Tech

Health systems are pivoting to tech, survey finds

From tech teams to generative AI, EY’s Health Pulse Survey shows a shift toward digital health solutions.
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· 3 min read

Navigate the healthcare industry

Healthcare Brew covers pharmaceutical developments, health startups, the latest tech, and how it impacts hospitals and providers to keep administrators and providers informed.

The job market for fresh computer science graduates may look bleak in Silicon Valley, but for everyone who struggled to learn Java during undergrad, don’t worry—there’s hope yet.

EY released its inaugural Health Pulse Survey earlier this month, which addresses a systemic shift in the healthcare industry toward digital solutions in hospitals and health systems—particularly after the Covid-19 pandemic became a “catalyst for the healthcare industry” and pushed health systems to pivot to a remote, digital environment.

“Healthcare as we know it is on the precipice of a revolution as more hospitals and health providers adopt digital health systems,” EY’s US Health Technology Leader Kaushik Bhaumik said in a statement.

Of the 101 administrative healthcare executives surveyed, 86% agreed that “digital health solutions” could lead to cost reduction.

But what are digital health solutions, and do they actually work?

Here’s what the survey highlighted:

Digital secretaries: About 90% of healthcare executives said digital administration has helped with time management, giving them more time to manage and prioritize the needs of healthcare providers. Bhaumik described digital implementation as having “a positive effect on operational efficiency,” which softens the effect of nursing shortages. Healthcare workers can then also focus on actual care rather than administrative tasks.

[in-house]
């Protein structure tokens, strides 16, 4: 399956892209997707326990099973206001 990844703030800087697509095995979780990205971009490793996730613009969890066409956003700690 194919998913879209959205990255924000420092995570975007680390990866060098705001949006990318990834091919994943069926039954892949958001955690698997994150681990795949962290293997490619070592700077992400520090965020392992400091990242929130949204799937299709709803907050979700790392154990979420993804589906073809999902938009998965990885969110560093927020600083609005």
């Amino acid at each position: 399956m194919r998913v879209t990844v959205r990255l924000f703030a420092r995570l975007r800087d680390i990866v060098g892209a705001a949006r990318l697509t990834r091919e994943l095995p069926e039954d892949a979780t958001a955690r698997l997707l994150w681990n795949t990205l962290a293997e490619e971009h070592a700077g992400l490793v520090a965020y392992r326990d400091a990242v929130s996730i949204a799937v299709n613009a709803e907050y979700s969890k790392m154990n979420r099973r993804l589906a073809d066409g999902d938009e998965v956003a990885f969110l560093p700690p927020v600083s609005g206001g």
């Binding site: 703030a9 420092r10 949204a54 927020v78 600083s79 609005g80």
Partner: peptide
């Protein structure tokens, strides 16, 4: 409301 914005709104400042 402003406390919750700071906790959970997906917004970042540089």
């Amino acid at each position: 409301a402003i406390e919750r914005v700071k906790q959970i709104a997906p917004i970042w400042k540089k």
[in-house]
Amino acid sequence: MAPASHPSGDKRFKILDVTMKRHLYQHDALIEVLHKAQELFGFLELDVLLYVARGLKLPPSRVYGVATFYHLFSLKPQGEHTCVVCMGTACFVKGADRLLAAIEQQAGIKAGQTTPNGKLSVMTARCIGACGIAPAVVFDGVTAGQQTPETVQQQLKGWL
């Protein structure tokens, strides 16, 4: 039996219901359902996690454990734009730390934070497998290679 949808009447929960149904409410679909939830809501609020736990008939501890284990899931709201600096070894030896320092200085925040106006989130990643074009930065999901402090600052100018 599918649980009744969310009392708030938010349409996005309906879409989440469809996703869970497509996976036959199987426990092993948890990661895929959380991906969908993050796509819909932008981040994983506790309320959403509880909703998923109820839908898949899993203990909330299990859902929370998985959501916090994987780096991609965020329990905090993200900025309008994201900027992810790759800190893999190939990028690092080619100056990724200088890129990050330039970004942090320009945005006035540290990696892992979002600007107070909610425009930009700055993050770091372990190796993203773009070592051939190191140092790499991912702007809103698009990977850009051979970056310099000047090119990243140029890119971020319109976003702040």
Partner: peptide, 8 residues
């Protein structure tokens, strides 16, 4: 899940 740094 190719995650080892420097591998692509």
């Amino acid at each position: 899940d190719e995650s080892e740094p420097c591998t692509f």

Generative artificial intelligence (AI): More than half (60%) of executives said they are investing in AI integration, with 96% of those respondents claiming that AI has significantly reduced “wasted time” and various costs. Aside from AI aiding administrative tasks, the report says there’s an ongoing effort to advance AI into clinical decision-making.

Tech workers not getting laid off, for once: Nearly 90% of executives are spending more on staffing digital health tech teams. Demand for tech workers is increasing, as 94% of executives surveyed agree that tech investment will improve the credibility of their systems. But despite all this investment—in AI, digitization, and workers—the report says that most healthcare execs are still waiting to break even.

Risk-reward: To date, some 70% of survey respondents have yet to see any return on investment after putting money into digital health solutions. Despite this, the majority of executives surveyed (96%) believe tech investments are worth the cost.

Navigate the healthcare industry

Healthcare Brew covers pharmaceutical developments, health startups, the latest tech, and how it impacts hospitals and providers to keep administrators and providers informed.